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Thursday, July 29, 2010

Thoughts When Smoking Was Banned

Note: I'm away from computers this week, and so I'm re-posting some of the more interesting pieces from past years. On January 1, 2009, Oregon banned cigarettes in bars. I posted this reminiscence. 18 months on and I find I have less nostalgia than I expected.
The first time I ever inhaled the dense, smoky air of a bar, it was my father's. It was a little place called GJ's or G and J's below the sidewalk level--like a speakeasy--in the basement of Boise's venerable Idanha Hotel. In a long life in which my father earned a living with his hands, this was the brief period in which his his true calling came to flower. The bar didn't last more than a few months, as I recall (and I recall it dimly and perhaps improperly) because while Dad was great with people and knew how to fill a joint, he sucked with money. It was the early-mid 1970s and I was maybe six or seven years old.

Bars occupy physical space, obviously, but we go there for their psychic terrain. Bars are simultaneously refuges from reality and monuments to it. You could get a beer at a restaurant, but you go to a bar for the intimacy, the darkness, the camaraderie, the viscous air. This was imprinted on me as a boy in GJ's. I never visited during the evening; I was there playing on the floor while sun slanted in through the open door, Dad's Winston curling lazily amid the motes. I don't know if Jim Croce was playing in a loop the times I visited, but somehow the world of Leroy Brown intersected perfectly with GJ's.

A very decent part of my late youth (not all of it post-21) was mispent in bars like the Yukon and the Bear Claw. Friends and I learned how to play adequate bar 8-ball and we drank bottomless pitchers of whatever was most cheaply pouring: Biltz, Hamm's, Rainier, whatever. It was like pretend-adulthood, where big men might knock your teeth out and older women might go home with you at the end of the night, even though none of that ever really happened. You woke up in the morning with a coating of scum in your mouth, your hair stinking of cigarettes, and you felt older somehow. And alive.

As I got older, bars were less like pretend-adulthood than a touchstone. Microbrew replaced Hamm's, and flat screens replaced mounted TVs, but the other ornaments of bardom stayed the same. The essential nature of bars haven't changed a whole lot--you go to a place like the Yukon and it looks like it did in 1988 or 1968. Things change, but not bars. Or not until now, anyway.

Of course, a different kind of bar emerged in the 1980s. With brewpubs came windows and light and children. And fresh, smoke-free air. This has been a natural evolution. In my own lifetime, I've seen restaurants go from all-smoking to having a runty, non-prime, non-smoking section (as if currents of air respected symbolic borders) to having a runty, non-prime smoking section to, finally, non-smoking restaurants. You used to be able to smoke inside office buildings, stores, even airplanes (which in retrospect seems like madness). Now I can go weeks without ever encountering the scent of burning tobacco.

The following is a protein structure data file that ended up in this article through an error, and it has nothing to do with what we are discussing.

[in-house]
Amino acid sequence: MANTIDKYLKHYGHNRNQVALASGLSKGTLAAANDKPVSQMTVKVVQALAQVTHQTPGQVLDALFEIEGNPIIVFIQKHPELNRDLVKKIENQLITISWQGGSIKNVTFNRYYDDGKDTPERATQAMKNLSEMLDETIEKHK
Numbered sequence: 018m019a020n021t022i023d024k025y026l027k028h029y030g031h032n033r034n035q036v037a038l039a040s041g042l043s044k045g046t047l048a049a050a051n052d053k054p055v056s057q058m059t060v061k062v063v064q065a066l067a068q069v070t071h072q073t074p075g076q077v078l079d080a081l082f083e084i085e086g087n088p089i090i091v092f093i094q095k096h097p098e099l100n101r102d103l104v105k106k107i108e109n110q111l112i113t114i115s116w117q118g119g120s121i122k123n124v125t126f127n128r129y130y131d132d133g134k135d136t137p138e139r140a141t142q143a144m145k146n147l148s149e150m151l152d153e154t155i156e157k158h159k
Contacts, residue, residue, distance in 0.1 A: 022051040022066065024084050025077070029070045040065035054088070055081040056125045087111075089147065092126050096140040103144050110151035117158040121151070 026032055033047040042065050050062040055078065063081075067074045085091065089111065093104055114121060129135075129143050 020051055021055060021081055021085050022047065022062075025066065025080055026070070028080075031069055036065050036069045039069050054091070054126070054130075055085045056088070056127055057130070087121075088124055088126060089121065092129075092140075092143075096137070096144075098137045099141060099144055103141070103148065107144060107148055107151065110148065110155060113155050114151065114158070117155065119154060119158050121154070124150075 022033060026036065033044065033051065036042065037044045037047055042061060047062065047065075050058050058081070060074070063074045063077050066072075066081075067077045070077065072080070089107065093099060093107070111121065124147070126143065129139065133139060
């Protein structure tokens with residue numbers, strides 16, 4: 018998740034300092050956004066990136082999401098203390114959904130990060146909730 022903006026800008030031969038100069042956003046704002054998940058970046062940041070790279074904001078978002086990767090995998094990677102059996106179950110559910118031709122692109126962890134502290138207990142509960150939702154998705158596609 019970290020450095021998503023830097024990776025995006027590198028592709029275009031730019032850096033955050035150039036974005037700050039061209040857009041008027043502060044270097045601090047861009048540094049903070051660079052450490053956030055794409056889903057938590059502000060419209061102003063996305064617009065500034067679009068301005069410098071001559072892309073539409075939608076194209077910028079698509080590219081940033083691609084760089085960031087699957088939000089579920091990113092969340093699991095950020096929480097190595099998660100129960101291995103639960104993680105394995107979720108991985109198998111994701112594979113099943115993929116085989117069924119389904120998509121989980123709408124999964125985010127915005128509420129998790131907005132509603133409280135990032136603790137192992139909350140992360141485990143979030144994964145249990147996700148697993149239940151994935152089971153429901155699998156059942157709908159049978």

Tomorrow all bars will be smoke-free. When I ran my poll asking who supported this new law, most everyone did, smokers and non-smokers alike. Yet a sizeable minority of non-smokers, about 30% of you, weren't so excited by the idea of the ban. No doubt they'll enjoy going to a place like the Horse Brass and actually smelling their beer rather than the air, but still they oppose banning cigarettes. Why?

If I may speculate, I think what they'll miss is the aspect of the psychic terrain cigarettes contribute. It's fine for a brewpub to go smoke-free. The mood at a place like that is different. But take smokers out of the Yukon, and what happens to the atmosphere? The debate over the ban tends to revolve around drier issues of public policy, but to me the real loss is something more emotional. It's not actually the end of the world for smokers to step outside a bar for a smoke--if that were the only consideration, I think we'd all agree it wasn't much of an imposition. But the real effect will be the permanent loss of that psychic space we all grew to love. We're losing that touchstone bars have offered our whole lives.

Things change. We'll survive the transition to smokeless bars. But those of us old enough to remember will miss them nonetheless. It's a moment to acknowledge and, perhaps, lament.


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